Sainthood and incalculable influence aside, John Coltrane didn’t always break new ground in the studio. “If you heard the John Coltrane Quartet live in the early-to-mid 1960s,” writes Giovanni Russonello at The New York Times—referring to the classic lineup of bassist Jimmy Garrison, drummer Elvin Jones, and pianist McCoy Tyner—you heard “a ground-shaking band, an almost physical being, bearing a promise that seemed to reach far beyond music.”
Prior to 1965’s supernatural A Love Supreme, however, few of the eight albums the classic quartet recorded for Impulse! Records captured “the band’s live ethic.” The “funny problem” Coltrane had was his commercial viability, which made the label eschew recording the quartet’s considerably experimental tendencies in favor of “concept-driven and consumer-friendly projects.” Now, Russonello writes, “that story needs a major footnote.” A lost Coltrane album from 1963 has emerged, discovered by the family of his first wife, Naima.
Coltrane history may be rewritten on June 29th when the album, Both Directions at Once, gets its release. We have a glimpse at what fans have been missing for the past 55 years in the soaring first track, “Untitled Original 11383,” above, a “brisk minor blues.” The album’s remaining treasures may justify Sonny Rollin’s comparison of this discovery to “finding a new room in the Great Pyramid.” In addition to two previously unheard original compositions, the album features some very intriguing recordings.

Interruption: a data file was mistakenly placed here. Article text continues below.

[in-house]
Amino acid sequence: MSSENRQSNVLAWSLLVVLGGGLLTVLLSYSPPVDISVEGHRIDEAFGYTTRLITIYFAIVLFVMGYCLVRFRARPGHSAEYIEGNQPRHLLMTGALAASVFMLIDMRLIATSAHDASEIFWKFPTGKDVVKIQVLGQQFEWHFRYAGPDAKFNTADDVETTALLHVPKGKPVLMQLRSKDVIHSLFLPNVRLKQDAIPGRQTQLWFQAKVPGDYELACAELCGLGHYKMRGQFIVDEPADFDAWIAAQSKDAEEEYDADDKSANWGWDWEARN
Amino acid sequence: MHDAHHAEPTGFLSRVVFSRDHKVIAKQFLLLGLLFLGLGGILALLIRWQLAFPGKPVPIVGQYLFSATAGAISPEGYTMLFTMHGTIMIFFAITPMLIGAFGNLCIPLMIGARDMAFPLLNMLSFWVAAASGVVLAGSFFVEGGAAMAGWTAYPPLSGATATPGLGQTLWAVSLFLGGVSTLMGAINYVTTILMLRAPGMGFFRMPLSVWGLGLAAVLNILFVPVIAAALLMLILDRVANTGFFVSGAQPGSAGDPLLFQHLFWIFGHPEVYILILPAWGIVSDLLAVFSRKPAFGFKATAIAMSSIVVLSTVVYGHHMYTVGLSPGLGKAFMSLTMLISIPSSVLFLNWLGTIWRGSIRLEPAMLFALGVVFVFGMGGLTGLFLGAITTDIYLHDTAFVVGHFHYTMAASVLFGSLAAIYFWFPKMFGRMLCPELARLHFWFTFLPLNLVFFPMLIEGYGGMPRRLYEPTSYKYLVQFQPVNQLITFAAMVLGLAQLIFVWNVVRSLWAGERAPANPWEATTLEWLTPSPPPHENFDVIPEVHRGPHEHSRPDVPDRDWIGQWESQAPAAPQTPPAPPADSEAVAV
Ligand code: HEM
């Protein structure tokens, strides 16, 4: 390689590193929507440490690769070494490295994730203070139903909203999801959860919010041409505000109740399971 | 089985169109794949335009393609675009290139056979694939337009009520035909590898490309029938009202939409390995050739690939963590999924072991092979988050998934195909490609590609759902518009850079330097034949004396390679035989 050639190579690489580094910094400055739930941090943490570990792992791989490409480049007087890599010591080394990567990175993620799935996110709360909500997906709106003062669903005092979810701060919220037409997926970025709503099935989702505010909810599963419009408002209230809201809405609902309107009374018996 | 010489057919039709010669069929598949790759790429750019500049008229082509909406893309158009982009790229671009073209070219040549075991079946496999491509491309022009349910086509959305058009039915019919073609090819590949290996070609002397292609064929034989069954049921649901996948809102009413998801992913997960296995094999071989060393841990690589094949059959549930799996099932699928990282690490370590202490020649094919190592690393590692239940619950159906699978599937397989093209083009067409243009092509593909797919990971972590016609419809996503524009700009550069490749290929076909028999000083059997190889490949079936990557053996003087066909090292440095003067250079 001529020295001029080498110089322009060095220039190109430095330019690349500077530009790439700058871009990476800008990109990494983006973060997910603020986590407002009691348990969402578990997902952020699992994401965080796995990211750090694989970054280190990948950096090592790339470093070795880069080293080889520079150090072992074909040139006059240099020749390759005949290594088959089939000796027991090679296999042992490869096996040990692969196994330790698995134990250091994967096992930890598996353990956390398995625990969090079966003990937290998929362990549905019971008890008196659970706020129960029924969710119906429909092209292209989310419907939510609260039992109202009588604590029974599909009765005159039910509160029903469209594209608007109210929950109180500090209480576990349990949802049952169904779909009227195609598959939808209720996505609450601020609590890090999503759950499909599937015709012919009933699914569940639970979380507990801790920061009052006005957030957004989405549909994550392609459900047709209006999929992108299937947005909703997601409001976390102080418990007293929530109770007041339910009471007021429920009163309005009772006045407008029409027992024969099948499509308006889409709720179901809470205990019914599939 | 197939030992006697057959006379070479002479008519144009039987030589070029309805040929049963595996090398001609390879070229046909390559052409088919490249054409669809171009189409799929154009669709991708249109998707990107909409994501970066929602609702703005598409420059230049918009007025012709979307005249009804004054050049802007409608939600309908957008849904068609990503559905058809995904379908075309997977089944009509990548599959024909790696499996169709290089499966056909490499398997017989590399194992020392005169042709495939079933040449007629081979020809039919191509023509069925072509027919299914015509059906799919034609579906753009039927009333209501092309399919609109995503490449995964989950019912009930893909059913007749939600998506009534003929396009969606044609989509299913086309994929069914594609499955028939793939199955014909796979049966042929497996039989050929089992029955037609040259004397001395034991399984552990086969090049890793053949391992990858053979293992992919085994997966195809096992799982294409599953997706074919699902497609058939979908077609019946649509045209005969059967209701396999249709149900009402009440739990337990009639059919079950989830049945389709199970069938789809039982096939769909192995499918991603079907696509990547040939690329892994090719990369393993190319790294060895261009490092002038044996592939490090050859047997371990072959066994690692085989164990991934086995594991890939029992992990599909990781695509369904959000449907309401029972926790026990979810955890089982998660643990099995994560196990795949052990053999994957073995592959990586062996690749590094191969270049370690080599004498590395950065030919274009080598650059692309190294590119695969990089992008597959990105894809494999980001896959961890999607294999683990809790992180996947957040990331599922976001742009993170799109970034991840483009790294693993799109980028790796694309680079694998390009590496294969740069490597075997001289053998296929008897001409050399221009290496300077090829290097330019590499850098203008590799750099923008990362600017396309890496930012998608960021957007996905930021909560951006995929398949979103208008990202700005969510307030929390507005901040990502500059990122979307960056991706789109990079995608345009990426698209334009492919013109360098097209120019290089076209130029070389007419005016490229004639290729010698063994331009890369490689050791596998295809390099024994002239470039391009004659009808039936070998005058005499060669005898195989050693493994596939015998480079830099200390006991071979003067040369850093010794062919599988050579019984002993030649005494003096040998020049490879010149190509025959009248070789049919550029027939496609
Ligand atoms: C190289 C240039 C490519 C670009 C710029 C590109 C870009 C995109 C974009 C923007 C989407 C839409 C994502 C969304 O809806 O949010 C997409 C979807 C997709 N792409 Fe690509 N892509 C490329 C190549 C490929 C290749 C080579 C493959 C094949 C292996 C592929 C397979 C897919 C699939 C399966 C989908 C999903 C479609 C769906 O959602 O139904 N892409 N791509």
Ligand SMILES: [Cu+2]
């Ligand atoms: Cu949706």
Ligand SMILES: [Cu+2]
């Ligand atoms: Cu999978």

The final track, a studio version of “One Up, One Down,” was “previously heard only on a bootleg recording made at the Birdland jazz club,” notes Fact Magazine. “One of Coltrane’s most famous compositions, ‘Impressions,’ is featured in a trio without piano,” and the album also contains the first recording of “Nature Boy,” which later appeared on The John Coltrane Quartet Plays. (See Fact Mag for a full tracklisting of the standard and two-CD deluxe editions of the album.) This collection comes very close “to the breadth of what Coltrane and his associates were delivering onstage,” claims Russonello.
It may also represent a presciently transitional document, as its title suggests. As Coltrane’s son Ravi puts it, “you do get a sense of John with one foot in the past and one foot headed toward his future.” After the album’s 1963 recording at the Rudy Van Gelder Studio in New Jersey, the master tapes somehow went missing, but Coltrane had taken home the reference tape that only recently surfaced. Both Directions at Once fills in a gap between the “marvelous” albums Coltrane and Crescent, showing off the band’s dynamism in the period between “spring 1962 to spring 1964” and letting them cut loose while staying within familiar harmonic forms.
Coltrane’s avant-garde brilliance may have changed the course of modern music, but some of his most forward-thinking experiments can be difficult listening for those uninitiated in the rites of modal free jazz. According to pianist and scholar Lewis Porter, commenting on an advance copy of Both Directions at Once, the rediscovered album, contains “a lot of that musical meat” that Coltrane’s quartet delivered to live audiences in the early-to-mid-sixties, “but in a context that will be more accessible to a lot of listeners.”
Maybe more conservative listeners, however, can find in the lost album a key that unlocks the incredible mysteries of later recordings like Ascension, Meditations, and the wild, posthumously-released Interstellar Space.